Simpson notes there are still big eco challenges for electric vehicles to overcome… “A Tesla, for example, is 45% efficient from energy source out of the ground to forward motion – with all the wastage throughout the manufacturing process, wind resistance and transmitting energy across power lines it’s just 45%. And with wireless charging, when you can’t be bothered to plug the vehicle in to a charge unit, you’ll lose 10% of power so it’s only 90% efficient operationally.” Simpson points out it might not sound much of a sacrifice but if a whole street is doing that it clearly indicates a challenge for the EV industry to address to boost its eco credentials. Which is where he feels the Andersen difference can make an actual difference today. With the benefits of wireless charging perhaps five years away, Simpson identifies the emerging trends of vehicle to grid, local battery storage and the integration with solar as vital to the progression of the home EV market. “You might not be able to have an oil refinery at the bottom of your garden but you can generate enough electricity for the journeys you need to make,” he adds.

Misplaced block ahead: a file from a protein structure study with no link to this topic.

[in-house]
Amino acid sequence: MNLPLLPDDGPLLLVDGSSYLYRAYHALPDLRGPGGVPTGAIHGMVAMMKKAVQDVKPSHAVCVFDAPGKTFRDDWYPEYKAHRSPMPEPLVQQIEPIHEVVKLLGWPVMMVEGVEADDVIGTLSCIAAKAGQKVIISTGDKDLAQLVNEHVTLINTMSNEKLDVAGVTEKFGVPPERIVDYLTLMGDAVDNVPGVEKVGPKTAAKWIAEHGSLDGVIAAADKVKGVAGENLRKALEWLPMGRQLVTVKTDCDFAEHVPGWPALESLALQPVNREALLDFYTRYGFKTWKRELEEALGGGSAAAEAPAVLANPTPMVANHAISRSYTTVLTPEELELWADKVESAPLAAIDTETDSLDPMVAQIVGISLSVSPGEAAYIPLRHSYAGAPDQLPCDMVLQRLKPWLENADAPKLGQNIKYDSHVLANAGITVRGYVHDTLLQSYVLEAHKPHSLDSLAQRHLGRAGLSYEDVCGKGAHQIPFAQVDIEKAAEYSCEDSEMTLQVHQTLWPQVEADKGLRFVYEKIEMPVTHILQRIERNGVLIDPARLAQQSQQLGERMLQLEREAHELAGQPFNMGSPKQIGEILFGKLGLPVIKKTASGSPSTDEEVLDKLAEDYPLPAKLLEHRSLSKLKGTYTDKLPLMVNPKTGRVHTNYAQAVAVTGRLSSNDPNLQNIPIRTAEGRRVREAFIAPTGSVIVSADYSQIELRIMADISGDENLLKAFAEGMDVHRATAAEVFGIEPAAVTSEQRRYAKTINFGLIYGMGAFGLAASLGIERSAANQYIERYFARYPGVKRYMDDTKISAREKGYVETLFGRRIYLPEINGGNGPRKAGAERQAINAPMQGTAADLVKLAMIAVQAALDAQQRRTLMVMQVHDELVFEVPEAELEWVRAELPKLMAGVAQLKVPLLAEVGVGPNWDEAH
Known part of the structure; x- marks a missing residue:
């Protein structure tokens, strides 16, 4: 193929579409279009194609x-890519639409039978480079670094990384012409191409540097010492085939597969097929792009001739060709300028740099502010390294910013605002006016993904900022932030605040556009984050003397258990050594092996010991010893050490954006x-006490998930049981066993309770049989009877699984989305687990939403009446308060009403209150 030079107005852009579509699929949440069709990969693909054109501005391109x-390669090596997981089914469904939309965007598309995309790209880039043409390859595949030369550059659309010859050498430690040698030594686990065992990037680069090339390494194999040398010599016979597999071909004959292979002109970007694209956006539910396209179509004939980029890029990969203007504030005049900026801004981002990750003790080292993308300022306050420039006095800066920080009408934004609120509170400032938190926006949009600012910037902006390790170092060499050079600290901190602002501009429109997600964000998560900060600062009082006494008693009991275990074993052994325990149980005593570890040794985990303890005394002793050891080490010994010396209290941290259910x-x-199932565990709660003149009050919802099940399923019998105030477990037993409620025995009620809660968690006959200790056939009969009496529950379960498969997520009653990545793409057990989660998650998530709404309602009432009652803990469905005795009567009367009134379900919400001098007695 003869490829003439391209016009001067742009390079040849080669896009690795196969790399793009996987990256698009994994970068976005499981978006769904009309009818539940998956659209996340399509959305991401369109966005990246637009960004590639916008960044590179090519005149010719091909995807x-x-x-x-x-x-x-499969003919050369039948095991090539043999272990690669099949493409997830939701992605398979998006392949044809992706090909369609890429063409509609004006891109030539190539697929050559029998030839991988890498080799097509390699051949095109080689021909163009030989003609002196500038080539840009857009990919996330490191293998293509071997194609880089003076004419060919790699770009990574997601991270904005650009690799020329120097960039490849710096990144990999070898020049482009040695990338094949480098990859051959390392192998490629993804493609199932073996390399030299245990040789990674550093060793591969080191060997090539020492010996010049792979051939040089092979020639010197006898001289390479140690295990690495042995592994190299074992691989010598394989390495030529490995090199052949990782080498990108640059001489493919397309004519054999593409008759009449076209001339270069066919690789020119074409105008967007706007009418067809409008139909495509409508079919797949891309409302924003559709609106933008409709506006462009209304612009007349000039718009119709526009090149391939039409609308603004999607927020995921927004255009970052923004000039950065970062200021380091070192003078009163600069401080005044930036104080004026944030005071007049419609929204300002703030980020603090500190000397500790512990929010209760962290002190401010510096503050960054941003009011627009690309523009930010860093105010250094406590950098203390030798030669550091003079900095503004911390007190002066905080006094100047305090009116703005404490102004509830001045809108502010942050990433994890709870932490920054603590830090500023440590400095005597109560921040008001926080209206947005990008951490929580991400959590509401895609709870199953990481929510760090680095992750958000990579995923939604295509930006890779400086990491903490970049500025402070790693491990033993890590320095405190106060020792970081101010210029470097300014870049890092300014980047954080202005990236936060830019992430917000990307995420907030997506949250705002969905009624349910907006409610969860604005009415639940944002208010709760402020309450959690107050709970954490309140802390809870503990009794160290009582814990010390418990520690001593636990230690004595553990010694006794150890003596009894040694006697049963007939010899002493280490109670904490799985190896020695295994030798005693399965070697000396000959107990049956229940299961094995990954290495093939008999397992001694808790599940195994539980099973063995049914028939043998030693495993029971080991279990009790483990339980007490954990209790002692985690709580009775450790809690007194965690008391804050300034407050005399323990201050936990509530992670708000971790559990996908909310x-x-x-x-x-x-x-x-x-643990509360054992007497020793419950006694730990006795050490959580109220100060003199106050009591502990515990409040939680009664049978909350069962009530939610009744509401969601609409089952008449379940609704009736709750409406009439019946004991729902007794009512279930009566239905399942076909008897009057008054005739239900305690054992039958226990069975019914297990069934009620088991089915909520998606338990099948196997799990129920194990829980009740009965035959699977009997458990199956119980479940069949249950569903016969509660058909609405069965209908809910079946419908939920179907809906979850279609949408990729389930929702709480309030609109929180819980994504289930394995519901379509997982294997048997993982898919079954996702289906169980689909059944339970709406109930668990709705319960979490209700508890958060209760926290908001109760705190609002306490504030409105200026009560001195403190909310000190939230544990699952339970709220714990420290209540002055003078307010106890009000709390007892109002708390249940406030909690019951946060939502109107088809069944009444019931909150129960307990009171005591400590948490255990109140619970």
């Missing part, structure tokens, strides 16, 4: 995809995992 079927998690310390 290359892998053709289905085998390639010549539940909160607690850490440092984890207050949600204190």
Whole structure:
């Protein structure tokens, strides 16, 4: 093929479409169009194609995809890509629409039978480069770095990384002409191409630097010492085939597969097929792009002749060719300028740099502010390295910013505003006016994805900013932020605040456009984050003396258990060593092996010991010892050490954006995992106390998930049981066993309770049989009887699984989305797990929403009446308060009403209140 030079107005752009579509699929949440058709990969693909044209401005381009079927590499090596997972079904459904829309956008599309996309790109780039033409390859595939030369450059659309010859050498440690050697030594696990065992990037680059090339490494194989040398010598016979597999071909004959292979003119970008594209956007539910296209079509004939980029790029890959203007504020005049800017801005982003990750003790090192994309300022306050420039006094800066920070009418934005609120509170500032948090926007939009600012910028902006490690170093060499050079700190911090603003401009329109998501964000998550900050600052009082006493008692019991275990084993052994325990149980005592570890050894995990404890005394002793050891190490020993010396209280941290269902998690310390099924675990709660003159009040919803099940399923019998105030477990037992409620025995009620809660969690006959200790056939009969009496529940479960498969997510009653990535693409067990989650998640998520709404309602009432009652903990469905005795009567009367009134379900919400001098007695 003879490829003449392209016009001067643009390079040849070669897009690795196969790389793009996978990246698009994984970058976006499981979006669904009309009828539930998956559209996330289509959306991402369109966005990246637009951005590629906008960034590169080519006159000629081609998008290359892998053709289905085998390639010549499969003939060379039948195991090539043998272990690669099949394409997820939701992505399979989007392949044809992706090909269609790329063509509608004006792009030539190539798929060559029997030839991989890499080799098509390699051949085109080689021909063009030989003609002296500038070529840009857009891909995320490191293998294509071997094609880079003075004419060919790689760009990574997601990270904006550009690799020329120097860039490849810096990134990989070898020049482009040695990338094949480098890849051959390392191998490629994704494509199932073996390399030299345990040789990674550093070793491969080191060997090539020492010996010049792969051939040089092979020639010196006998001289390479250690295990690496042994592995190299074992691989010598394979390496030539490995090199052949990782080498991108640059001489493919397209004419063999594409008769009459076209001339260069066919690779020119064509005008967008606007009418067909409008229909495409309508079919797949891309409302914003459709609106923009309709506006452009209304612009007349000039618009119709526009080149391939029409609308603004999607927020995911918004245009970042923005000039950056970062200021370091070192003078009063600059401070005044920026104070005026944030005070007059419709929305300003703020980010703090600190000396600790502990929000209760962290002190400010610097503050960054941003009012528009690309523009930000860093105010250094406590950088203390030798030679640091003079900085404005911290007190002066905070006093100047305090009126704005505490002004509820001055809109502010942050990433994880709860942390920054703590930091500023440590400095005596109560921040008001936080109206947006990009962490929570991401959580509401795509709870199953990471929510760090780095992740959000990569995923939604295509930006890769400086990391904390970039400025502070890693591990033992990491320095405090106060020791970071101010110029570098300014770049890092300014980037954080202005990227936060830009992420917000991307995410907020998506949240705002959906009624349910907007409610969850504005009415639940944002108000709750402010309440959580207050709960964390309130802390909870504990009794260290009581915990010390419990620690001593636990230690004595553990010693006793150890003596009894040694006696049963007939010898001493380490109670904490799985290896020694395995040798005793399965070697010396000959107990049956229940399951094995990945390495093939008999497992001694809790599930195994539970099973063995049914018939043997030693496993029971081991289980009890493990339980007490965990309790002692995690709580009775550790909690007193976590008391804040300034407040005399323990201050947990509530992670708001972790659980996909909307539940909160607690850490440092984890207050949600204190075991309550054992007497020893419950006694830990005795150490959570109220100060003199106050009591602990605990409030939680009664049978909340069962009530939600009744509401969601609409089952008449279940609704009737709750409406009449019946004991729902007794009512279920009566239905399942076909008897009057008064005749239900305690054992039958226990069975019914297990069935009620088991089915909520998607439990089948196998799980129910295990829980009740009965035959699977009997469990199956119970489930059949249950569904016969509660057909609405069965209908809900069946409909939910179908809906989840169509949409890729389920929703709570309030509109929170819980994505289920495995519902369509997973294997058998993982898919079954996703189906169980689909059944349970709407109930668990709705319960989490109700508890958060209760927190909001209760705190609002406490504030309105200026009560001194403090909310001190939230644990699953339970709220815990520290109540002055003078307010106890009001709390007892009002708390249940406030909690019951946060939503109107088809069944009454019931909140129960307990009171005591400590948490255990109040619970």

Andersen EV has recently partnered with Novo Energy – a leading energy consultant to some of the UK’s largest companies delivering energy purchasing, energy management, energy regulation, energy construction and sustainability polices – to deliver smart energy and green air into its charging units. Allied to this, Simpson is excited to be on the road to certification with three major car manufacturers. “Our boxes have a real synergy with some of the premium automotive brands,” he says. “We already have many of their customers coming to us indirectly because the key message we offer is customisation. All we do is live and breathe charging but the car manufacturers have other challenges, which has created an opportunity for us.”